High Wall and Strangers in the Night

http://christafaust.net/wp-admin/post-new.phpFirst night of the Los Angeles Film Noir Festival is always a blast. It’s great to see all the usual suspects and fellow die hard Noir junkies.

Now, the movies:

First up, Robert Taylor and Audrey Totter in THE INCREDIBLE TWO HEADED TRANSPLANT!!


Okay, maybe not, but man is that some weird poster art or what? Anyway, HIGH WALL is about a surly pilot (Taylor) who sustained a head injury in the war, suffers from amnesia, and may or may not have killed his wife. He gets sent to the nuthouse for evaluation, where he meets saucy doctor Audrey Totter. I won’t give away all the twists here, but it’s quite a wild ride.

Not a great film overall, but HIGH WALL has some great moments. Like that genuinely creepy scene where we see the pilot drive off a bridge with his dead wife in the passenger seat. And, while I’m not a big fan of Taylor, I kind of liked that he was so relentlessly unlikable in this picture. Don’t know if it was intentional or not, but you really got the feeling that this was a genuinely bad guy who just happened to be innocent. This time, anyway. Also, I love Audrey Totter. She’s a real contradiction, simultaneously tough and vulnerable. Sexy and stone cold. I’d pretty much watch her in anything.

It almost seems like there’s a whole sub-genre of post war Noir that involves a guy coming home from overseas to find that the world he knew has gone on without him.  THE BLUE DAHLIA and ACT OF VIOLENCE are two better known examples but this film fits right along side them. Clearly this was a very powerful theme that really resonated with so many American men of that era.


HIGH WALL was a man’s movie. This one is all about the women. Pure post-menopausal melodrama. It’s astounding to think that this curiosity was directed by Anthony Mann, who would later be responsible for Film Noir classics like RAILROADED! and RAW DEAL, as well as some fantastic, seriously noirish Westerns like WINCHESTER ‘73. In this film, an injured soldier (William Terry) comes home to meet his female pen-pal face to face for the first time. On the train to her house, he has a chance encounter with a hot lady doctor (Virginia Grey.) Sparks fly, but he still feels he owes his heart to the pen-pal who saved his sanity during the war with her supportive love letters. When he arrives at the house, the pen-pal is “out of town” and her clearly bat-shit crazy mom, played by the mesmerizing creepy Helene Thimig, invites him to stay until she gets back. Things swiftly go from bizarre to off-the-hook.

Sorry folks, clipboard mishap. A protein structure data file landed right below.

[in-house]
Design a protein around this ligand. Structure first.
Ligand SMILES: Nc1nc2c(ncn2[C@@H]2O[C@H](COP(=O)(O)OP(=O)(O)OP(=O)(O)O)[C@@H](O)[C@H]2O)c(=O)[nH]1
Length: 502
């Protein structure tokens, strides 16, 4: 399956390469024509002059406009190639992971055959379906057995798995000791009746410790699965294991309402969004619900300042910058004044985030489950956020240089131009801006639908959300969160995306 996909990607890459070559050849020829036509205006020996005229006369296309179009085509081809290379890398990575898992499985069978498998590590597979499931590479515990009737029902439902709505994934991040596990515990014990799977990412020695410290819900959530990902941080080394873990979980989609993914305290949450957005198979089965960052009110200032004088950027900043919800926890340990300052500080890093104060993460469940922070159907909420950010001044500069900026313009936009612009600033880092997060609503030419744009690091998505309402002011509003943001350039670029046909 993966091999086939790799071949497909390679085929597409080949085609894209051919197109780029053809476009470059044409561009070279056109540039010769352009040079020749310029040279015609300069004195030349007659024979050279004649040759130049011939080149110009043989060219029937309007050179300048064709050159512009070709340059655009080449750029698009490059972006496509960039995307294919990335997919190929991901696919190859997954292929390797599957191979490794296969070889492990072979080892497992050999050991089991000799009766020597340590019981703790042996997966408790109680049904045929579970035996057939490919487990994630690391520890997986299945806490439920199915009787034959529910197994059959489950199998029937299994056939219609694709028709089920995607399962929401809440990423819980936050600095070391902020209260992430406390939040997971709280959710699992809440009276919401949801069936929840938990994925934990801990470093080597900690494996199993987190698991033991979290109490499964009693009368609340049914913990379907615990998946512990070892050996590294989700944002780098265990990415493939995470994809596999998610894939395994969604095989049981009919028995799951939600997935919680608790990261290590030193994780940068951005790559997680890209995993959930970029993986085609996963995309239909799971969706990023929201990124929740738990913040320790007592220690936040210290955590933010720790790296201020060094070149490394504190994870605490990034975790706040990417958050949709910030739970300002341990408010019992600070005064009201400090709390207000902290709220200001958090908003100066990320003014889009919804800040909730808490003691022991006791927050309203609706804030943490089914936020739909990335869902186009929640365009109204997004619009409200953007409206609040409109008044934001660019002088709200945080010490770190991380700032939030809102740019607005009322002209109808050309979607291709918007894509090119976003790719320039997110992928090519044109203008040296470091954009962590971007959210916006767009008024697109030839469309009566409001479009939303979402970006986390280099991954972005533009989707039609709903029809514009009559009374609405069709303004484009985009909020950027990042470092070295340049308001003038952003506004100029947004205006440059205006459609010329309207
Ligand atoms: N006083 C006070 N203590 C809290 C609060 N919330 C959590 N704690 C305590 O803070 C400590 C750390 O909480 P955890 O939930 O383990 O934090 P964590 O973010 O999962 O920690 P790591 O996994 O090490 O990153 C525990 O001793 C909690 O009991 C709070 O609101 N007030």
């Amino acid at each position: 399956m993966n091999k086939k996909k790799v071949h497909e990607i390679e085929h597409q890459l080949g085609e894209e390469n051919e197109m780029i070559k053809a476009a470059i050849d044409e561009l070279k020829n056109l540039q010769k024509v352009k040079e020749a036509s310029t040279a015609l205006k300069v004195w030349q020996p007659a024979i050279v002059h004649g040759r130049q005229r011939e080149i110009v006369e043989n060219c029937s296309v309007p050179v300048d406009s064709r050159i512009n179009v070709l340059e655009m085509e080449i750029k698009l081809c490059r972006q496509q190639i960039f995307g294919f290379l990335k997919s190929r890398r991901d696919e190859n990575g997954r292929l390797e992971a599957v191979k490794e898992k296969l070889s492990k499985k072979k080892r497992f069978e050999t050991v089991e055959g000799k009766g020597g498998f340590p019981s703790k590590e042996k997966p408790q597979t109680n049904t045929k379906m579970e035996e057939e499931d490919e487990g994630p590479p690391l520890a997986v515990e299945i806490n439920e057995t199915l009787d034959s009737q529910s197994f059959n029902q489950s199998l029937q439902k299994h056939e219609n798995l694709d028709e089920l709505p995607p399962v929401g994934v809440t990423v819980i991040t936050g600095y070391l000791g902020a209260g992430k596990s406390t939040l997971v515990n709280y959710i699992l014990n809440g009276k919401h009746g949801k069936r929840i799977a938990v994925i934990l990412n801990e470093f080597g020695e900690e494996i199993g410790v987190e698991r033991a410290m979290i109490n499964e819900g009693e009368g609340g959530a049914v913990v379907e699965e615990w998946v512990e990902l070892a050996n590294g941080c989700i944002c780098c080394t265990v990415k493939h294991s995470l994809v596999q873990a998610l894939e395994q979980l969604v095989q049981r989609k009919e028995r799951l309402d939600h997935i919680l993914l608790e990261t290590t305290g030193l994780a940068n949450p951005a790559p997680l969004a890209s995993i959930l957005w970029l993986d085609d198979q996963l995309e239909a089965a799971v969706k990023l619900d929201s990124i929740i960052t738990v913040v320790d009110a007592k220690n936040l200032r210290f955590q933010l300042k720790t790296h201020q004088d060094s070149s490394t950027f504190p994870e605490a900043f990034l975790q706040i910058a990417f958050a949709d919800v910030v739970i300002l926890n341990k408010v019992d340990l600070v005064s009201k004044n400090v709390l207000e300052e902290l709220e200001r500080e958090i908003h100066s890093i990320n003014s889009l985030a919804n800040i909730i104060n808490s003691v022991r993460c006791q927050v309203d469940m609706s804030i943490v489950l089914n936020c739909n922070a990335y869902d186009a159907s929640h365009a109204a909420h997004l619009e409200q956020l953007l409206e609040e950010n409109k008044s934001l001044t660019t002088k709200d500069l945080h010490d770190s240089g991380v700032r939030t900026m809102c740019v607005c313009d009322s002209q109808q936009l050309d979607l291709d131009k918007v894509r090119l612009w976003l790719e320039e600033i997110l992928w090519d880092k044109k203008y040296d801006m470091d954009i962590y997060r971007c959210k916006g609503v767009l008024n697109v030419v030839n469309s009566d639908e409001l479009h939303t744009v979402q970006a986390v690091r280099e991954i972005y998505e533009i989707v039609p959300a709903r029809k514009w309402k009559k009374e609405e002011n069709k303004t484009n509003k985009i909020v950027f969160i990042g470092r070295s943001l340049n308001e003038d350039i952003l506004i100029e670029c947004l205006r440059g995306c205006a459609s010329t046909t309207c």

This movie is a rickety old spook-house ride to Looney Town, melodrama on top of melodrama, but I loved every twisted minute of it. It’s rare to see a Noir flick in which the women are the main characters. The man is little more than a pretty trophy to be fought over by the smart, strong-willed females. Even the secondary female characters like the neurotic maid and the wisecracking nurse, are much more complex and interesting than the central stud.

I have to say that I was deeply terrified of Helene Thimig’s teeth, made even scarier on the big screen. But her big speech at the end, where she tries to justify her murderous madness, is weirdly sad and poignant. This is one that I was really jazzed about, and it was just as weird and wonderful as I’d hoped. The ending is goofy as hell, but I don’t care. I really enjoyed it.

Not to go off on yet another crankypants rant about these young kids today, but is it really necessary to guffaw like howler monkeys at every other line? I’m not saying that every old movie is sacred and laughing at some of the campier moments is sacrilegious. Hell, I’ll bust out a giggle every now and then myself. Plus there are a lot of Noir movies that have humorous or witty dialog that was actually meant to be funny. But this year it seems like the ironic laughter has gotten louder and more grating that ever. Example, the whole house cracked up when the maid put a letter in a mailbox. They laugh during fist fights or train crashes. They laughed every time someone said the phrase “homicidal maniac.” Every. Single. Time. It’s as if people have no idea how to deal with “old” stuff other than to make fun of it.

Still, a full house is never a bad thing and hipster money restores lost Film Noir just as well as mine.


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